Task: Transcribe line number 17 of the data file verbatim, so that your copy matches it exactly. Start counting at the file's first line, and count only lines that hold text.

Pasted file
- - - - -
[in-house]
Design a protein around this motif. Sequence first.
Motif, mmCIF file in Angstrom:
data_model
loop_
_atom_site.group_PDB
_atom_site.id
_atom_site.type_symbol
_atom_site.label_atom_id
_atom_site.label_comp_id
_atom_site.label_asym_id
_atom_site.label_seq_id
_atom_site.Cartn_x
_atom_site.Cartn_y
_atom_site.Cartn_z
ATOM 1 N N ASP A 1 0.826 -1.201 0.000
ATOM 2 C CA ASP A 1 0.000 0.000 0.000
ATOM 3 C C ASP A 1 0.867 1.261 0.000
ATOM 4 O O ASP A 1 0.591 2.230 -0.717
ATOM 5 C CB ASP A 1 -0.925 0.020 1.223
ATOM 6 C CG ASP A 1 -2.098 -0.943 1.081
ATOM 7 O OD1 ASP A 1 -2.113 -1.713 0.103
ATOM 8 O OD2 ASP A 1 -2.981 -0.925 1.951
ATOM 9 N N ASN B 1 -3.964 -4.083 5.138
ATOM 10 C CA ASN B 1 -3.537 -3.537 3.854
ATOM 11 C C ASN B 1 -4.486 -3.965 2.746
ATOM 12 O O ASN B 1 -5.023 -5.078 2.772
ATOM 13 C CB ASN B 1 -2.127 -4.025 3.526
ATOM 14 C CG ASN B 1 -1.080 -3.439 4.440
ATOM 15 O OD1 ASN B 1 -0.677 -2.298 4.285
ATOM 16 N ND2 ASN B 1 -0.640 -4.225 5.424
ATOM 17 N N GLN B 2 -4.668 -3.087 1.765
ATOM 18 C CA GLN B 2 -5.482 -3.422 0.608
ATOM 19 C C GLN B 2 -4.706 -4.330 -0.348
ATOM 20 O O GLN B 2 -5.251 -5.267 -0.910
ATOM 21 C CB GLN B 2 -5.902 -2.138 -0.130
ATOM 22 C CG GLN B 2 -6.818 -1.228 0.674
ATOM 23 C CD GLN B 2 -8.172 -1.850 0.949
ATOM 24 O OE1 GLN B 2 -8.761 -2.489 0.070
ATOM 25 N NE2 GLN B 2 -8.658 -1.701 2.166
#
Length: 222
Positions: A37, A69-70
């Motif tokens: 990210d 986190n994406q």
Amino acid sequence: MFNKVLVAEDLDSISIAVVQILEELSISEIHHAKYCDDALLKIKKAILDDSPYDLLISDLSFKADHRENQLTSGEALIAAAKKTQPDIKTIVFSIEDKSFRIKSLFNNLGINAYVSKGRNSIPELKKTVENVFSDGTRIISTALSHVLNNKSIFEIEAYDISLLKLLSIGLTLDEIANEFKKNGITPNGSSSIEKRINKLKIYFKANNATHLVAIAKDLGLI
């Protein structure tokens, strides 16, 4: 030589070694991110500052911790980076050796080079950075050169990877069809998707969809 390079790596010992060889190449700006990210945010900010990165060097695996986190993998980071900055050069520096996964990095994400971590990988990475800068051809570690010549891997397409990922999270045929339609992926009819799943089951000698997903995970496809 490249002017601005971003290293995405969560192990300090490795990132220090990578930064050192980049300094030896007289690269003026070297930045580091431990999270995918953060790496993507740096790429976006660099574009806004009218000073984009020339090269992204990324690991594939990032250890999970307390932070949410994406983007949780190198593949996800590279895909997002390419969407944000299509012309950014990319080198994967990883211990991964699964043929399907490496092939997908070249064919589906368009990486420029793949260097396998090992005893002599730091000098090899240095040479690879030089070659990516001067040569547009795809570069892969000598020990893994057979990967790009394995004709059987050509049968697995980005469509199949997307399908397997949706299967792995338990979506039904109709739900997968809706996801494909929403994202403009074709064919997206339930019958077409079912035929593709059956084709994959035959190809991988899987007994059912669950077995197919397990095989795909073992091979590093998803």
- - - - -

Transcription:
ATOM 2 C CA ASP A 1 0.000 0.000 0.000